If you turned right on the Clapham Road, you could walk along Lorn to the Brixton side.
Brant had his new place here. The irony didn’t escape him.
Since he’d been knifed in the back, he’d been assigned to desk duty, said: ‘Fuck that for a game of soldiers.’
His day off, he’d go to the cemetery, put flowers on PC Tone’s grave. Never missed a week. Each time he’d say, ‘Sorry son. I didn’t watch for you and the fucks killed you for a pair of pants.’
What a slogan – Trousers to die for.
The Band Aid couple had gone to ground or Ireland. No proof it was them. Just a hunch. Some day, yeah. some day he’d track ’em.
Only Chief Inspector Roberts knew of Brant’s hand in the murder of the boy. He wouldn’t say owt. Brant’s own near death had somehow evened it out for Roberts.
Odd barter but hey, they were cops, not brain surgeons.
Chief Inspector Roberts was ageing badly. As he shaved, he looked in the mirror, muttered: ‘Yer ageing badly.’
Deep creases lined his forehead. The once impressive steel grey hair was snow white and long. Clint Eastwood ridges ran down his cheeks. Even Clint tried to hide them. Wincing is cool. sure. maybe till yer dodgy forties, but after that it comes across as bowel trouble.
Roberts loved the sun, nay, worshipped it – and cricket. Too many summers under long hours of UV rays had wreaked havoc. Worse, melanomas had appeared on his chest and legs. When he’d noticed them he gasped, ‘What the bloody hell?’
He knew. oh sweet Jesus did he ever. that if them suckers turned black, you were fucked. They turned black.
The doctor said, ‘I won’t beat around the bush.’
Roberts thought: ‘Oh, do. if necessary, lie to me – lie BIG – beat long around any bush.’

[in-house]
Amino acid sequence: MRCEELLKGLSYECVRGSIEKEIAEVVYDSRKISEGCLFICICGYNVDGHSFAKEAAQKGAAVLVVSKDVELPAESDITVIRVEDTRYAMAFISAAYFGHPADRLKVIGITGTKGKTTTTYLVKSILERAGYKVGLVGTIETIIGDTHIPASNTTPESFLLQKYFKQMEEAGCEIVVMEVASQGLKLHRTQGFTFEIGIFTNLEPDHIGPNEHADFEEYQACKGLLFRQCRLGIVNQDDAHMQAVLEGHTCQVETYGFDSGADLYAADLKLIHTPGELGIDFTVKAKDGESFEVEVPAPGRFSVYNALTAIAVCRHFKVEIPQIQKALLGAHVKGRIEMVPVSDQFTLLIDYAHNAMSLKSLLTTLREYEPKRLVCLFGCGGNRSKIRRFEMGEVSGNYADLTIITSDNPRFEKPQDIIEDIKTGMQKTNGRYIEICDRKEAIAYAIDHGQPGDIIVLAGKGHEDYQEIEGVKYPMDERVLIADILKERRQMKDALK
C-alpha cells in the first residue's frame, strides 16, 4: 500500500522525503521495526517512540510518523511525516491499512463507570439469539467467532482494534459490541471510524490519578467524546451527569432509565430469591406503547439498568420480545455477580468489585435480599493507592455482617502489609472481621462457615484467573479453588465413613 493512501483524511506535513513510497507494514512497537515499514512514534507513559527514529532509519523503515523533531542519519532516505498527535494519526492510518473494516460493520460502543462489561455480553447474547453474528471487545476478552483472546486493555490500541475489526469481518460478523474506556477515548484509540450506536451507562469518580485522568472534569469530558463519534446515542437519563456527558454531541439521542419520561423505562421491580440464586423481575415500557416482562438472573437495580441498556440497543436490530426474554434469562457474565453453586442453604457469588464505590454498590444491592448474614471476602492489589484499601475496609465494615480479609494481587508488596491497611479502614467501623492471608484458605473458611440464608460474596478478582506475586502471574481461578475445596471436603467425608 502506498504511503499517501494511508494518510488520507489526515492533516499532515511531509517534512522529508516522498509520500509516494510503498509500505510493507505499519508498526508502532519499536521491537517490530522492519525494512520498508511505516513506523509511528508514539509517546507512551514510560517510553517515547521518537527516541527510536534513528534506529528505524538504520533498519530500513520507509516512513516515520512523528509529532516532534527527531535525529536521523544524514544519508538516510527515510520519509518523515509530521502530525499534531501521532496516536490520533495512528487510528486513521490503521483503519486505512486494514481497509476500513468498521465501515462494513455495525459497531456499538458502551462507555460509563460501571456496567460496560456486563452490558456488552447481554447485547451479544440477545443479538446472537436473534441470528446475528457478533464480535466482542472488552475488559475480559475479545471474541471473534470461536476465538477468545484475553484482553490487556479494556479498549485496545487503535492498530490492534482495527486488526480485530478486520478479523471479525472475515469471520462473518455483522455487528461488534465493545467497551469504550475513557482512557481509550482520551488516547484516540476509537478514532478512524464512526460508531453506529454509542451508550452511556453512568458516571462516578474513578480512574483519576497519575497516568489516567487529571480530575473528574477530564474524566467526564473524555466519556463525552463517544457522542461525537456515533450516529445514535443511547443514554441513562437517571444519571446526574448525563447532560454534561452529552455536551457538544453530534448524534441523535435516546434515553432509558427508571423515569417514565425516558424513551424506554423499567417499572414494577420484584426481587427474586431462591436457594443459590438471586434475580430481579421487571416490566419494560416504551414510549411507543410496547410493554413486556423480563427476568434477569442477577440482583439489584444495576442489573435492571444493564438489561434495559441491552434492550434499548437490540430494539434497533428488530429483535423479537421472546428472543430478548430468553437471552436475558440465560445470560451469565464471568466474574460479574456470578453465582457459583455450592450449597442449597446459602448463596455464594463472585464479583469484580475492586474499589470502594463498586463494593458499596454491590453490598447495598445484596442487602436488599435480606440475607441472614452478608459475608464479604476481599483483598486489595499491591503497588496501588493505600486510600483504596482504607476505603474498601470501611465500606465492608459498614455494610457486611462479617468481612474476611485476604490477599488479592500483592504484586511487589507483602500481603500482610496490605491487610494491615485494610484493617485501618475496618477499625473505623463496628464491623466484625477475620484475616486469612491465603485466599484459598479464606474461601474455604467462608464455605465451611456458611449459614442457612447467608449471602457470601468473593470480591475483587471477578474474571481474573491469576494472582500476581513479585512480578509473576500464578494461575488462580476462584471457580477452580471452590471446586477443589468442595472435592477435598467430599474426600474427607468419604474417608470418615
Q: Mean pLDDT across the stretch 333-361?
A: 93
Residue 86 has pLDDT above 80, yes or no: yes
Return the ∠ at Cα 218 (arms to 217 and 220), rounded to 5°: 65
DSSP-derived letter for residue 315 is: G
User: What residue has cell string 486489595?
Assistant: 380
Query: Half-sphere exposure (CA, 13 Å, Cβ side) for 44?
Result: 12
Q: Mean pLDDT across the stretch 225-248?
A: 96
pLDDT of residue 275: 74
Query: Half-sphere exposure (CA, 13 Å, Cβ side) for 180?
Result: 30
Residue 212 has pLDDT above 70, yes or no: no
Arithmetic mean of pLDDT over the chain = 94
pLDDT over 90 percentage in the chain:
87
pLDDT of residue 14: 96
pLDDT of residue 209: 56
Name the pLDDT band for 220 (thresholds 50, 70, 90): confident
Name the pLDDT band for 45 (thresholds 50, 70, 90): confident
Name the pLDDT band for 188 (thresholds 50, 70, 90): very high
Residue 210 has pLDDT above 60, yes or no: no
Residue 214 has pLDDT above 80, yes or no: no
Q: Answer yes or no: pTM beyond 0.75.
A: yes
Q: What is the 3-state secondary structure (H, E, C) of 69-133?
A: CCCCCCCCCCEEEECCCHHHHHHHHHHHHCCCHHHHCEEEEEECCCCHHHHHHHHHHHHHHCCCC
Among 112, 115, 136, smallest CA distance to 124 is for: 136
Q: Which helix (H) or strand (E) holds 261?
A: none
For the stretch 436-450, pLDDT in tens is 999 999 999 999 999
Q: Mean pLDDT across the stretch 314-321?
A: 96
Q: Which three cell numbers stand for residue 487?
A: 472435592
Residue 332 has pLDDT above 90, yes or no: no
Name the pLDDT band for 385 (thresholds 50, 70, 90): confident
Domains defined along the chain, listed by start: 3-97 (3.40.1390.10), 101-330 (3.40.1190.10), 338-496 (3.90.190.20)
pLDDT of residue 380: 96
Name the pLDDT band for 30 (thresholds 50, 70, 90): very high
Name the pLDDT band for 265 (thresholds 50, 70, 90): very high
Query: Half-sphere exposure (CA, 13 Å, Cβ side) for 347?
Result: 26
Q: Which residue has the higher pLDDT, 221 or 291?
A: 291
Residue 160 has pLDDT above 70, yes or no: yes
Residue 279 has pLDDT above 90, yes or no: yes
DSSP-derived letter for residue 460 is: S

‘It’s skin cancer.’
After, he thought: ‘I took it well.’
Was ill as a pig when he heard about the treatment.
Like this: ‘Once a week we’ll have radiation.’
‘We? You’ll be in there with me?’
The doctor gave a tolerant smile, halfways pity to building smirk, continued: ‘Let’s see how you progress with the ‘rad’, and if it’s not doing the business we’ll switch to laser.’
Roberts wanted to shout, ‘Beam me up Scottie! Signpost ahead. The Twilight Zone.’
He let the doctor wind down. ‘Later on, we’ll whip some of those growths away. A minor surgical procedure.’
‘Minor for you, mate.’
The doctor was finished now, probably get in nine holes before ops, said: ‘We’ll pencil you in for Mondays, and I’d best prepare you for two after effects:
1. You’ll suffer extreme fatigue, so easy does it.
2. It leaves you parched – a huge thirst is common.’
He had a mega thirst now.
Right after, he went to the Bricklayers. The barman, a balding git with a pony-tail and stained waistcoat, chirped, ‘What will it be, guv?’
‘Large Dewars, please.’
‘What, you don’t think I’d have thought of them?’
Roberts didn’t answer, wondering how the git would respond to rad. As if abbreviation could minimise the trauma. Oh would it were so. Dream on.
Robert’s other passion was film noir of the forties and fifties. Hot to trot. Now, as he nursed the scotch, he tried to find a line of comfort from the movies. What he got was Dick Powell in Farewell My Lovely:
I caught the blackjack right behind my ear.
A black pool opened up at my feet.
I dived in.It had no bottom.
He’d given the git behind the bar a tenner, and now he eyed the change. ‘Hey buddy, we’re a little light here.’
‘Wha’.? Oh. took one for me. I hate to see anyone drink alone.’
Roberts let it go. Londoners. you gotta love them. Bit later the git leans on the bar, asks, ‘You like videos?’
‘Fillums, mate. Yer latest blockbuster – see it tonight in the privacy of yer own gaff. Be like ‘aving the West End in yer living room.’
‘Pirates, you mean.’
‘Whoa, John, keep it down, eh?’
Roberts sighed, laid his warrant card on the counter.
Roberts put the card away, said, ‘I thought in your game you could spot a copper.’
‘Usually yeah, but two things threw me.’
‘Yeah, what’s those then?’
‘First, you have manners.’
‘You actually paid.’
Click to visit the ‘Taming The Alien’ page
About Ken Bruen
Also by Ken Bruen:
The Hackman Blues
A White Arrest